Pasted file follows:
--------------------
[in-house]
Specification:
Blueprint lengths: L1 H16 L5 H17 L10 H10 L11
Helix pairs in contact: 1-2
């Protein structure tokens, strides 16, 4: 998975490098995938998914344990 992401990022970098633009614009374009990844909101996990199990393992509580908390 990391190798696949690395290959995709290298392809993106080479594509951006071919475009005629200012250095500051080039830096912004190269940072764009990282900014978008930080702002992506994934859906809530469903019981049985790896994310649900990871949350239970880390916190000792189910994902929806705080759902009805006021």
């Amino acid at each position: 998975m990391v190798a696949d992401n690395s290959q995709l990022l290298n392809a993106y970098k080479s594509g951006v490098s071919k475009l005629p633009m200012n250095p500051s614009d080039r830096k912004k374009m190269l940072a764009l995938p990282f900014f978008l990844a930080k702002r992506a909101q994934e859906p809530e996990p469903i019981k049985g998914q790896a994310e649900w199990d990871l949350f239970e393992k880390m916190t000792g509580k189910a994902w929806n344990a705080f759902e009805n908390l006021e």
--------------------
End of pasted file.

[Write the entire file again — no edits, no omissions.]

[in-house]
Specification:
Blueprint lengths: L1 H16 L5 H17 L10 H10 L11
Helix pairs in contact: 1-2
């Protein structure tokens, strides 16, 4: 998975490098995938998914344990 992401990022970098633009614009374009990844909101996990199990393992509580908390 990391190798696949690395290959995709290298392809993106080479594509951006071919475009005629200012250095500051080039830096912004190269940072764009990282900014978008930080702002992506994934859906809530469903019981049985790896994310649900990871949350239970880390916190000792189910994902929806705080759902009805006021």
């Amino acid at each position: 998975m990391v190798a696949d992401n690395s290959q995709l990022l290298n392809a993106y970098k080479s594509g951006v490098s071919k475009l005629p633009m200012n250095p500051s614009d080039r830096k912004k374009m190269l940072a764009l995938p990282f900014f978008l990844a930080k702002r992506a909101q994934e859906p809530e996990p469903i019981k049985g998914q790896a994310e649900w199990d990871l949350f239970e393992k880390m916190t000792g509580k189910a994902w929806n344990a705080f759902e009805n908390l006021e």